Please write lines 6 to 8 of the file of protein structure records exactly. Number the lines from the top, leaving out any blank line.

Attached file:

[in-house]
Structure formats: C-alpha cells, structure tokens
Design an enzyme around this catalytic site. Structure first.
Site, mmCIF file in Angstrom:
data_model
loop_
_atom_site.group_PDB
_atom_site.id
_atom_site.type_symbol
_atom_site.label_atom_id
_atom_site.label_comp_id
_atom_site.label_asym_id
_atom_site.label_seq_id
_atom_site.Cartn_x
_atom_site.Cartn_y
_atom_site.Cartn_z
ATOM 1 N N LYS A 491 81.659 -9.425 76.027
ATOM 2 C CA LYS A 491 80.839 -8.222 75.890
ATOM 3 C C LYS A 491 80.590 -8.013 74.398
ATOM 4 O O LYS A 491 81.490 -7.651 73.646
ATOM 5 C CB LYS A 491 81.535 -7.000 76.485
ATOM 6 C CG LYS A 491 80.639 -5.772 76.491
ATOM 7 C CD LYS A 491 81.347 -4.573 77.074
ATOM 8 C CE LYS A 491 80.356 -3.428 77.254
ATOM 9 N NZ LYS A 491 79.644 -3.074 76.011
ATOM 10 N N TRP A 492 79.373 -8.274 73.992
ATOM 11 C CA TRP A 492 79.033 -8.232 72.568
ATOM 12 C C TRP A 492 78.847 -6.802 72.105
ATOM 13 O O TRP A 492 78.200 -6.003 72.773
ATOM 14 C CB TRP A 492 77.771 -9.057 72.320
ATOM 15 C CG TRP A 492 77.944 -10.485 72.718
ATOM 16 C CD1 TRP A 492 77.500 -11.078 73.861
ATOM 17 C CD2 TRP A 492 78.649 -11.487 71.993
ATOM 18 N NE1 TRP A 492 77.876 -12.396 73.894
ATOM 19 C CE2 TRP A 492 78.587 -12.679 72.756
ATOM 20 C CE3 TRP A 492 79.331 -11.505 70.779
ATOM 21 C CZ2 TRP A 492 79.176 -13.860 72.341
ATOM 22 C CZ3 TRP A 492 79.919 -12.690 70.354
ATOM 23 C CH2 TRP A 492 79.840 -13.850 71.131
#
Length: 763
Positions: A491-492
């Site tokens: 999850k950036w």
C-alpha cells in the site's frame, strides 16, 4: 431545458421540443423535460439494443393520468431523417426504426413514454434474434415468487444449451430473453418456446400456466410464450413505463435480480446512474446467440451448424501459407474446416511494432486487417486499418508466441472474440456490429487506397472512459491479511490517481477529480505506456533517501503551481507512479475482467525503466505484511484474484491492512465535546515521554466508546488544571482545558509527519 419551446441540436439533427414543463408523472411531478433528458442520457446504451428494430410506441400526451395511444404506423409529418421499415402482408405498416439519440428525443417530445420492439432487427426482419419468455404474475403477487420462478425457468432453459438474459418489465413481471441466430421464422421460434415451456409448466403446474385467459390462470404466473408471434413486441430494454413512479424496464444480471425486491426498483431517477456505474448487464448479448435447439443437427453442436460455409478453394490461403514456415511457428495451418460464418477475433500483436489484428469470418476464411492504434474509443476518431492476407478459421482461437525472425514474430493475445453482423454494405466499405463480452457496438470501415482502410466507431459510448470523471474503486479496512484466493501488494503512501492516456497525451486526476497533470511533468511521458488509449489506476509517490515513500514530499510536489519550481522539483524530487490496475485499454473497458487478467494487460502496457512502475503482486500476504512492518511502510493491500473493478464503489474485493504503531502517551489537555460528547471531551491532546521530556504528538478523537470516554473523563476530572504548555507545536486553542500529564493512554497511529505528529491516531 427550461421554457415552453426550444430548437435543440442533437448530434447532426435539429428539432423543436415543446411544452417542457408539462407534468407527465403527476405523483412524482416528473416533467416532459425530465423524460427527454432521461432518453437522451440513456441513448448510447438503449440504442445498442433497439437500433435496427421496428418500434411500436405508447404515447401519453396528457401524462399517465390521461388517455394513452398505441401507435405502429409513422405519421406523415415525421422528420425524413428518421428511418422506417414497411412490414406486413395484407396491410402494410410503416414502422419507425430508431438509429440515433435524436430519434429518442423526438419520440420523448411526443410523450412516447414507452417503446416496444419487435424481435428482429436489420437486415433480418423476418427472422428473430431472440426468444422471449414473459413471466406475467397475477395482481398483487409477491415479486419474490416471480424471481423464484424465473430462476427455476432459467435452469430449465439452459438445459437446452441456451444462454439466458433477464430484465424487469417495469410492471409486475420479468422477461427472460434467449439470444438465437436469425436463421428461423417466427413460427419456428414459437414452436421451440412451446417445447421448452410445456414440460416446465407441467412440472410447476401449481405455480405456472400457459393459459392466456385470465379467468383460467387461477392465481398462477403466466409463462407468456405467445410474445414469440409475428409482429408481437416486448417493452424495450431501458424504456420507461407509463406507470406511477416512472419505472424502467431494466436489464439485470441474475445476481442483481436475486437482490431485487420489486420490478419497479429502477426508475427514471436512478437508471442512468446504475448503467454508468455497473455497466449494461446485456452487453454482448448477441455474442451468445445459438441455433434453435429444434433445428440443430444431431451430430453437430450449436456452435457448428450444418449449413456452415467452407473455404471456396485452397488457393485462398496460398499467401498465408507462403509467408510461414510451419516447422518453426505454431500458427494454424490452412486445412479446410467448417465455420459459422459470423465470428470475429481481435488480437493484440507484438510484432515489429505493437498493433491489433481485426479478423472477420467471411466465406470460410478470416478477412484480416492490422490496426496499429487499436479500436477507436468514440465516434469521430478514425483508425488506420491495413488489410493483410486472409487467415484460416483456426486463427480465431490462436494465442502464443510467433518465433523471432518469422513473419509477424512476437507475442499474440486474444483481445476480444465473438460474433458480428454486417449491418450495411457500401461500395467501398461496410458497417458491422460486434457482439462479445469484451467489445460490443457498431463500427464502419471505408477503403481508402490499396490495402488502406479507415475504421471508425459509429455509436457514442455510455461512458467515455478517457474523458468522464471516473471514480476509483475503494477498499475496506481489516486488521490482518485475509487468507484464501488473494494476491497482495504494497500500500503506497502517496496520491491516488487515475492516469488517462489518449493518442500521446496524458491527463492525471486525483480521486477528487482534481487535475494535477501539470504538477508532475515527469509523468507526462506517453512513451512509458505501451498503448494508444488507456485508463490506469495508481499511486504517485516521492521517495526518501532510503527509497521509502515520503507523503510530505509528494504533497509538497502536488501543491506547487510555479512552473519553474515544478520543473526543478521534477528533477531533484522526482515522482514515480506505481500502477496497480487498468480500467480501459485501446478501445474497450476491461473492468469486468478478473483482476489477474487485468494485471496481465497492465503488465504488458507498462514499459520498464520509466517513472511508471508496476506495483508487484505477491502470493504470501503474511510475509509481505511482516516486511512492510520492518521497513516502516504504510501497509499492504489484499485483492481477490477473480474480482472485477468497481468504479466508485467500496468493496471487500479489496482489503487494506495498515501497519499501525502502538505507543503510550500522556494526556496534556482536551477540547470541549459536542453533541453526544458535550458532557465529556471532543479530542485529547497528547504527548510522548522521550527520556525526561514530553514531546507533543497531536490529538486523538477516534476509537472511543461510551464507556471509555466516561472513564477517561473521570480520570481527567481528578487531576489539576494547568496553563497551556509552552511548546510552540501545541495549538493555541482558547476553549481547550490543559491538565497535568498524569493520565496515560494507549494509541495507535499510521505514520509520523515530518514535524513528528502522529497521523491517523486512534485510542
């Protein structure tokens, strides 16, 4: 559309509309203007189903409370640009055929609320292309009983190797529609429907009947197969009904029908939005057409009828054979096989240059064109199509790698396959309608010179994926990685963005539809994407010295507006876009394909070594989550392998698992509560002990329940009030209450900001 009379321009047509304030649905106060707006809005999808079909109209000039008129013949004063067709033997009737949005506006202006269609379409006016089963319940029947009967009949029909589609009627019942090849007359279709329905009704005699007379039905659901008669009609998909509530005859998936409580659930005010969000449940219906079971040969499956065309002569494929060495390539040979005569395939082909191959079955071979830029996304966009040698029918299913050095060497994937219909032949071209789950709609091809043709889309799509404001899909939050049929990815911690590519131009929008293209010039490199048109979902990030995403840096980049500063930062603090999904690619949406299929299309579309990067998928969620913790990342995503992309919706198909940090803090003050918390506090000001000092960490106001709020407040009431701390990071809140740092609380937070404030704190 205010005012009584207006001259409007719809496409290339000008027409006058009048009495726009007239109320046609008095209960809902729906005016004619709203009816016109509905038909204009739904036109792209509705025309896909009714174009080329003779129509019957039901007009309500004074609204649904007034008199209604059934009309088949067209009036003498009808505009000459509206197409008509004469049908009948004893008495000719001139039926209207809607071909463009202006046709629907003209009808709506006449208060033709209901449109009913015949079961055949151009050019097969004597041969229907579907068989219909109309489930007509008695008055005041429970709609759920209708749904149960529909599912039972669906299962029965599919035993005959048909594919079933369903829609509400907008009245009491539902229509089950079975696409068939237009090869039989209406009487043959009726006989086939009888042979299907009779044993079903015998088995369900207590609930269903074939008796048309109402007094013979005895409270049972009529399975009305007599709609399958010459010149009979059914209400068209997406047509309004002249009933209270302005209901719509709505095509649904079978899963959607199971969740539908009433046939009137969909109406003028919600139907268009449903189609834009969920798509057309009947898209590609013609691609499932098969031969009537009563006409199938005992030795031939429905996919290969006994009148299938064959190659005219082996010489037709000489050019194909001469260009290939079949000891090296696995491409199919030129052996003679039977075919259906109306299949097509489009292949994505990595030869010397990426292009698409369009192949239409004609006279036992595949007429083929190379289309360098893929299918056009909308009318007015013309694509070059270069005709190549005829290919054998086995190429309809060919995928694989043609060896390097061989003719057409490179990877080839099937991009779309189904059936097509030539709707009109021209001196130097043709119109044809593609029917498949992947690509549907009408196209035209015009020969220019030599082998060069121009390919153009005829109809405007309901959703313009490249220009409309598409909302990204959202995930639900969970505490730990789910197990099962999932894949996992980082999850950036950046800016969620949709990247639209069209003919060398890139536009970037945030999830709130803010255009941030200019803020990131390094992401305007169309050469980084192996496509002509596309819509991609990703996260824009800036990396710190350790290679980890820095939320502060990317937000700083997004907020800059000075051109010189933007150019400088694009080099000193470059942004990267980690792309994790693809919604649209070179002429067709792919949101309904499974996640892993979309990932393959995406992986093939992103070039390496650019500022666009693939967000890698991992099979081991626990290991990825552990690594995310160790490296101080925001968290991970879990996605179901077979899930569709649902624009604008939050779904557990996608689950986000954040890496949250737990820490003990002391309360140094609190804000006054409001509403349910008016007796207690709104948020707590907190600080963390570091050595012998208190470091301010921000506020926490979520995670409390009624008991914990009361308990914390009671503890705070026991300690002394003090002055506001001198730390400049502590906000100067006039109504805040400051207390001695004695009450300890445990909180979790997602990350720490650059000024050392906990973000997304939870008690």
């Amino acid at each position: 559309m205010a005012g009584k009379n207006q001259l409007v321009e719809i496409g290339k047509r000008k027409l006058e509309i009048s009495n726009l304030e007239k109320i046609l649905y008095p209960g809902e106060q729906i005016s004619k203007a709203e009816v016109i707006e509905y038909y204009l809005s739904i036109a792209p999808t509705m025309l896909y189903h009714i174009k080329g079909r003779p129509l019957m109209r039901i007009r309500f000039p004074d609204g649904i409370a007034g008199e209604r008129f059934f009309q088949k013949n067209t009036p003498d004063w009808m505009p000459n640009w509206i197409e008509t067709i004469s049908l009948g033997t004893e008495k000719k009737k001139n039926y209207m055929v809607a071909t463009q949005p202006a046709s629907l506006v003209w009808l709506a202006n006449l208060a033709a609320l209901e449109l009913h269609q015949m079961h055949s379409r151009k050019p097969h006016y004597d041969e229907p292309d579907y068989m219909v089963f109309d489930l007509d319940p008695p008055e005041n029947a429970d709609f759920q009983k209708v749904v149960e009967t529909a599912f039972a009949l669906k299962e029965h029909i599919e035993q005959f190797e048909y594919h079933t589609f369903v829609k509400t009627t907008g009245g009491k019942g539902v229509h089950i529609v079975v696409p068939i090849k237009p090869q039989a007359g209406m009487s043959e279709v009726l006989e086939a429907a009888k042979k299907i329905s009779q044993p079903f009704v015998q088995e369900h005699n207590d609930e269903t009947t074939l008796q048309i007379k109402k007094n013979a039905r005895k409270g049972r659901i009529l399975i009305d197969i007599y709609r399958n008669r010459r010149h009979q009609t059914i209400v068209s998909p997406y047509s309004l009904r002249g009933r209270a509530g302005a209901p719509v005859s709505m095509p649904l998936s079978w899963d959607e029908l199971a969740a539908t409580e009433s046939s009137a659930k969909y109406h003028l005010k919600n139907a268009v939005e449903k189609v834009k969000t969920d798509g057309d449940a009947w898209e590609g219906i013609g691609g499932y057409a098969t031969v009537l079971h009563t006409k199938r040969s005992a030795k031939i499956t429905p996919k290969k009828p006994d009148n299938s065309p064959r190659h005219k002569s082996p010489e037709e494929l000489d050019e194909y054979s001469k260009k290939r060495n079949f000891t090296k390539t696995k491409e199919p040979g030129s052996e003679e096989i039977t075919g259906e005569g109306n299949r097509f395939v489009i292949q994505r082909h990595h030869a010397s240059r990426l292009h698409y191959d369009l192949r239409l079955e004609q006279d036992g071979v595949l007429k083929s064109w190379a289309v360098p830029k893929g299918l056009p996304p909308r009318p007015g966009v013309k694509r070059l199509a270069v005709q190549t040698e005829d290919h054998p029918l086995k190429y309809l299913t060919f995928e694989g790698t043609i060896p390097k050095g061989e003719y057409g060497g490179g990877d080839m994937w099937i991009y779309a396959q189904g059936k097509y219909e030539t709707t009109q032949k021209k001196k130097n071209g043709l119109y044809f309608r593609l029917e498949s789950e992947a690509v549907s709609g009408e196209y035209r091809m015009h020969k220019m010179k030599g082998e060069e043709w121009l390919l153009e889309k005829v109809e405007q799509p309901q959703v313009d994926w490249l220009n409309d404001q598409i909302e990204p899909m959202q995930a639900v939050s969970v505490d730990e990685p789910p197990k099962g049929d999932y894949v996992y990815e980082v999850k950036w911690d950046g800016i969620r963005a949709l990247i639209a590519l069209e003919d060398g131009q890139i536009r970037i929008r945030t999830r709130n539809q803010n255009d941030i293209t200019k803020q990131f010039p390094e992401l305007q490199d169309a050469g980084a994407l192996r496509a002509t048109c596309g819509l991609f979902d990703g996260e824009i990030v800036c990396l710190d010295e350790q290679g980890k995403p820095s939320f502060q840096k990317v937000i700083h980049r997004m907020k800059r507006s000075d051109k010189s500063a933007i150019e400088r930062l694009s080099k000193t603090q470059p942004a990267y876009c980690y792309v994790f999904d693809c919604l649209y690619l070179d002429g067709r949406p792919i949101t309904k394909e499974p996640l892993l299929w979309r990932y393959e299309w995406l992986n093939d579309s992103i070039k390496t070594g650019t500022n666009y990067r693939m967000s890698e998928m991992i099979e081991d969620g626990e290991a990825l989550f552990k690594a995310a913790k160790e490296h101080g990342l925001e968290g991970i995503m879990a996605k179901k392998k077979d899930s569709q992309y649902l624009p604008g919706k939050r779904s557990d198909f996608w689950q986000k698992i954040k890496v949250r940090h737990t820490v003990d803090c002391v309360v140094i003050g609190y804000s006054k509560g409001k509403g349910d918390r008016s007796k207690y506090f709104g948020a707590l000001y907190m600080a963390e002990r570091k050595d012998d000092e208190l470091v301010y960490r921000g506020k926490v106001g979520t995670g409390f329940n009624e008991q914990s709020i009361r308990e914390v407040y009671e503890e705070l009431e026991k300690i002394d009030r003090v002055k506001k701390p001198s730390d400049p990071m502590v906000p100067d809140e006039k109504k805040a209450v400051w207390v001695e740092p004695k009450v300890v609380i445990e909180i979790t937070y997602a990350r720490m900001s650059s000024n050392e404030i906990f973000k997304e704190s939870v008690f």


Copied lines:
loop_
_atom_site.group_PDB
_atom_site.id